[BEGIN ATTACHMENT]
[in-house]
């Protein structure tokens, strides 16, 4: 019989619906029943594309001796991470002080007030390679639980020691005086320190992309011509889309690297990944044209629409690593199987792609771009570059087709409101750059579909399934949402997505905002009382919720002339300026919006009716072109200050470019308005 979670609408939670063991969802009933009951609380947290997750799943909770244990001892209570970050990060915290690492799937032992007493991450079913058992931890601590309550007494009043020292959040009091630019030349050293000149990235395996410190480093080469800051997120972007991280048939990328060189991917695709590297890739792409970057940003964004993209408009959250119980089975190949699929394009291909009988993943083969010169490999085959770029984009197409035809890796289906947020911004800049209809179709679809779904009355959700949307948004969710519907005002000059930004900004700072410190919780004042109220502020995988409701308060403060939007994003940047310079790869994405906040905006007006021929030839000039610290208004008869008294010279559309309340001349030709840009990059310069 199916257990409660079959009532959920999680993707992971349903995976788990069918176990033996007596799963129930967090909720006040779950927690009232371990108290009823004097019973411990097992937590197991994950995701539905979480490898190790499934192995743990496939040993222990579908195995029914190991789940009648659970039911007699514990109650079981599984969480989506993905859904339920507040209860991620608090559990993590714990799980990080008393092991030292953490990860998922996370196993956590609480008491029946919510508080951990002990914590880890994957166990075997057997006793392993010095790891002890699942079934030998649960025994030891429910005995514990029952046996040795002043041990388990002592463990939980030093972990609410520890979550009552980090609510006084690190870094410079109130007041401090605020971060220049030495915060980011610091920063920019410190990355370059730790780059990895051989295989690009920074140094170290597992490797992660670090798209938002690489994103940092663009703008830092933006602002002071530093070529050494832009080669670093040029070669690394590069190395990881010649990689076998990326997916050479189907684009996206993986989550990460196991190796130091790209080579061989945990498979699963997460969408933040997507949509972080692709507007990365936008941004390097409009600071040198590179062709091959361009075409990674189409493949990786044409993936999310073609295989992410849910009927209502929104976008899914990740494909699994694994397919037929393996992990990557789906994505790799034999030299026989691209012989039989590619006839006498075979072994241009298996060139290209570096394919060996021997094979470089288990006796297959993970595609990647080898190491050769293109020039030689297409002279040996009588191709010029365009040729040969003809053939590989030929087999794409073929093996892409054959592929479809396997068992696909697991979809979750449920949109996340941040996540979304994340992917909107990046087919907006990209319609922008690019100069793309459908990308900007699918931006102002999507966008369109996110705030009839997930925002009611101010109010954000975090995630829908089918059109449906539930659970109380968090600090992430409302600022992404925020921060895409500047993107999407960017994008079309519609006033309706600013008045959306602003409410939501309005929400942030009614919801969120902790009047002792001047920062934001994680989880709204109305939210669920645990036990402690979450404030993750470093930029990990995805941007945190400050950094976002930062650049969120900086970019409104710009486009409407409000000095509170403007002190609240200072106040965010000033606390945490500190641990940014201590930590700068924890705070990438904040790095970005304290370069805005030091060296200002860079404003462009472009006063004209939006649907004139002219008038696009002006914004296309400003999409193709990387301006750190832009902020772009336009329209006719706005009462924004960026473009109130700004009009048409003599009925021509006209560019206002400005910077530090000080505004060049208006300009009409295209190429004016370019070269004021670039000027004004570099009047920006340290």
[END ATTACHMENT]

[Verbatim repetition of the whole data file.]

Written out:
[in-house]
């Protein structure tokens, strides 16, 4: 019989619906029943594309001796991470002080007030390679639980020691005086320190992309011509889309690297990944044209629409690593199987792609771009570059087709409101750059579909399934949402997505905002009382919720002339300026919006009716072109200050470019308005 979670609408939670063991969802009933009951609380947290997750799943909770244990001892209570970050990060915290690492799937032992007493991450079913058992931890601590309550007494009043020292959040009091630019030349050293000149990235395996410190480093080469800051997120972007991280048939990328060189991917695709590297890739792409970057940003964004993209408009959250119980089975190949699929394009291909009988993943083969010169490999085959770029984009197409035809890796289906947020911004800049209809179709679809779904009355959700949307948004969710519907005002000059930004900004700072410190919780004042109220502020995988409701308060403060939007994003940047310079790869994405906040905006007006021929030839000039610290208004008869008294010279559309309340001349030709840009990059310069 199916257990409660079959009532959920999680993707992971349903995976788990069918176990033996007596799963129930967090909720006040779950927690009232371990108290009823004097019973411990097992937590197991994950995701539905979480490898190790499934192995743990496939040993222990579908195995029914190991789940009648659970039911007699514990109650079981599984969480989506993905859904339920507040209860991620608090559990993590714990799980990080008393092991030292953490990860998922996370196993956590609480008491029946919510508080951990002990914590880890994957166990075997057997006793392993010095790891002890699942079934030998649960025994030891429910005995514990029952046996040795002043041990388990002592463990939980030093972990609410520890979550009552980090609510006084690190870094410079109130007041401090605020971060220049030495915060980011610091920063920019410190990355370059730790780059990895051989295989690009920074140094170290597992490797992660670090798209938002690489994103940092663009703008830092933006602002002071530093070529050494832009080669670093040029070669690394590069190395990881010649990689076998990326997916050479189907684009996206993986989550990460196991190796130091790209080579061989945990498979699963997460969408933040997507949509972080692709507007990365936008941004390097409009600071040198590179062709091959361009075409990674189409493949990786044409993936999310073609295989992410849910009927209502929104976008899914990740494909699994694994397919037929393996992990990557789906994505790799034999030299026989691209012989039989590619006839006498075979072994241009298996060139290209570096394919060996021997094979470089288990006796297959993970595609990647080898190491050769293109020039030689297409002279040996009588191709010029365009040729040969003809053939590989030929087999794409073929093996892409054959592929479809396997068992696909697991979809979750449920949109996340941040996540979304994340992917909107990046087919907006990209319609922008690019100069793309459908990308900007699918931006102002999507966008369109996110705030009839997930925002009611101010109010954000975090995630829908089918059109449906539930659970109380968090600090992430409302600022992404925020921060895409500047993107999407960017994008079309519609006033309706600013008045959306602003409410939501309005929400942030009614919801969120902790009047002792001047920062934001994680989880709204109305939210669920645990036990402690979450404030993750470093930029990990995805941007945190400050950094976002930062650049969120900086970019409104710009486009409407409000000095509170403007002190609240200072106040965010000033606390945490500190641990940014201590930590700068924890705070990438904040790095970005304290370069805005030091060296200002860079404003462009472009006063004209939006649907004139002219008038696009002006914004296309400003999409193709990387301006750190832009902020772009336009329209006719706005009462924004960026473009109130700004009009048409003599009925021509006209560019206002400005910077530090000080505004060049208006300009009409295209190429004016370019070269004021670039000027004004570099009047920006340290």